Friday, March 7, 2008

Homeschooling & Constitutional Rights

Update: After some consideration, I felt it necessary to include an additional caveat to this column. While I stand by everything I wrote here, just so no one gets any funny ideas, I think people need to read this as well to keep everything in the right context.

Of the text of the In Re: Rachel L. decision, there are a couple of lines and paragraphs that have been particularly galling to the homeschooling community. The paragraph pointed out by Dana, which I excerpted in my previous post, is one of them. But the other big one is:
The trial court’s reason for declining to order public or private schooling for the children was its belief that parents have a constitutional right to school their children in their own home. However, California courts have held that under provisions in the Education Code, parents do not have a constitutional right to home school their children.
Gabriel Malor at the Ace of Spades--who supports the right to homeschool--probes this point a little further.

Unfortunately, I'm not convinced that there is a constitutional right to homeschool one's children. So far I haven't seen a very convincing argument for it and for that reason I believe the best solution to this issue in California is legislative. On the off chance that someone wants to take up the challenge, here are my questions about a constitutional right to homeschooling:

(1) Who possesses that right, the child or the parents?

(2) Where in the U.S. Constitution (or, if you like, the California Constitution) can that right be found? EDITED: This would be more accurately phrased: "What part of the U.S. Constitution forbids the government from interfering with the right to homeschool?"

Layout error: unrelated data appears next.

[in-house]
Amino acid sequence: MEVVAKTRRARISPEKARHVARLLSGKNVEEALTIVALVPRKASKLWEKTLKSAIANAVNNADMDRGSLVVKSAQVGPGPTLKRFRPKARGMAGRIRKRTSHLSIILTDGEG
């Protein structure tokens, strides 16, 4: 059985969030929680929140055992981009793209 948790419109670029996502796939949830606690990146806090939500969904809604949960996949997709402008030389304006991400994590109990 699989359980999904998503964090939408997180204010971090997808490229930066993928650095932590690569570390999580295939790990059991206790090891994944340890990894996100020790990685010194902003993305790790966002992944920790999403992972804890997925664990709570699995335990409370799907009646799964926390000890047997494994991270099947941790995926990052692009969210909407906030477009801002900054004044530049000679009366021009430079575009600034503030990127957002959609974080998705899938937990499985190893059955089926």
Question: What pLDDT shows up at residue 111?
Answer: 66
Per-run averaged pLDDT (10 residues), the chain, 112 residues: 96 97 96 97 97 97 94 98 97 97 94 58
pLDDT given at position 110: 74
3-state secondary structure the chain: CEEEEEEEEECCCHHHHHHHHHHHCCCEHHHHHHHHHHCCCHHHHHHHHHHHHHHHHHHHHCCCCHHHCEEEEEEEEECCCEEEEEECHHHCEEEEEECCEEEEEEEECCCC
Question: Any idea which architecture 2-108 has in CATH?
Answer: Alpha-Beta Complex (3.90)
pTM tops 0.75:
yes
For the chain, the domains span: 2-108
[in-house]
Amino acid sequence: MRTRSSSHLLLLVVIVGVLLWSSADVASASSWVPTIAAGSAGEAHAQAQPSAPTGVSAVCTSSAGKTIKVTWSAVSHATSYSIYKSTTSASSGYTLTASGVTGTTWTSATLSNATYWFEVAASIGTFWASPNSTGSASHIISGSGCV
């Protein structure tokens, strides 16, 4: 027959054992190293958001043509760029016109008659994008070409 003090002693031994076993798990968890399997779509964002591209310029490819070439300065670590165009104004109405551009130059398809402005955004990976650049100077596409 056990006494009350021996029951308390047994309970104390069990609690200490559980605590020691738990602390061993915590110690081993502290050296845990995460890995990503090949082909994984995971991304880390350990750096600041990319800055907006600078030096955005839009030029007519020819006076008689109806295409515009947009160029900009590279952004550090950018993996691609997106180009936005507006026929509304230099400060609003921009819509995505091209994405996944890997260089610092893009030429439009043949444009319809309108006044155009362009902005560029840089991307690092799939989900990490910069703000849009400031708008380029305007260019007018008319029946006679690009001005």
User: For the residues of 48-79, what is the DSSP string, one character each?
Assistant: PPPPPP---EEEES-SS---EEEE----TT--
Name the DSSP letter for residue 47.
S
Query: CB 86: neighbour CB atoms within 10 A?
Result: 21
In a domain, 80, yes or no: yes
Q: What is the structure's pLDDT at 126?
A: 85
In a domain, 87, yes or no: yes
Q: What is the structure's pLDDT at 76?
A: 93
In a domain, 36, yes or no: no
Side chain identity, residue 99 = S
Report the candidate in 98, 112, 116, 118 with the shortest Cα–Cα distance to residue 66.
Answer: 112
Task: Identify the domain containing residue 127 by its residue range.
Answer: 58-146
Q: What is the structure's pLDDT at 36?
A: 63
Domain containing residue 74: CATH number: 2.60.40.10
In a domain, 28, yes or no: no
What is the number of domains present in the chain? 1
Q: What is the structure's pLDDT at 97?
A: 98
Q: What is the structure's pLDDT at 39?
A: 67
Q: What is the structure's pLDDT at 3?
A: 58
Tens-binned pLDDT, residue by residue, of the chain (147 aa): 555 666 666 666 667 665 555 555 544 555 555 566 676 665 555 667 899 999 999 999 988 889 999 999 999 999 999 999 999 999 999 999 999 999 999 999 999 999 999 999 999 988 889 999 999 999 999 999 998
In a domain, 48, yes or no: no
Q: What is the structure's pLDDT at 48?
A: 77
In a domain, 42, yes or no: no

(3) If there is a constitutional right to homeschool, why isn't there a constitutional right to gay marriage?

(4) Is there a corollary constitutional right to not educate your child if that is your choice?

I've been pondering this question for a while. I'm not sure I want to tackle these questions directly, because I think they miss a deeper point about liberty.

Incidentally, while I've been contemplating this point and formulating my argument all day, waiting for my opportunity to write it out, the redoubtable Sunniemom went right on over to Ace of Spades and left a comment that stole much of my thunder:

The purpose of The Constitution (big T, big C)is to enumerate the powers of gov't, not the citizenry, and the rest is left up to states. Okey-dokey. But- do we sit around in our jammies waiting for someone to list all of our 'rights' before we get on with our lives, seeing as how none of us have the constitutional right to get in our cars and drive to McDonald's for a QP with cheese?

Are we supposed to believe that families must have the state's permission to direct and determine the education of their children (uhm.. does this count potty training?), or practice their religion, or limit television viewing and computer games, or eat Fruit Loops for breakfast (considering the state does have a vested interest in the health of its citizens)?

BTW- when were judges granted the power to invent laws? Can we get Judge Croskey to do something about menopause and cellulite?

Yeah--what she said.


In the strictest sense, Malor is right: neither the US Constitution nor the California Constitution explicitly grant a right to homeschool. I subscribe to the textualist school of thought: the text of the law is a standard. The guys that wrote the law fought and argued over every word, including and and the, to make it say precisely what they wanted it to say--and the judges need to respect that. If the law doesn't say X, then X isn't in there; and when a judge sees X in there where it isn't, that judge is overstepping the bounds of his office and usurping the power of the legislature.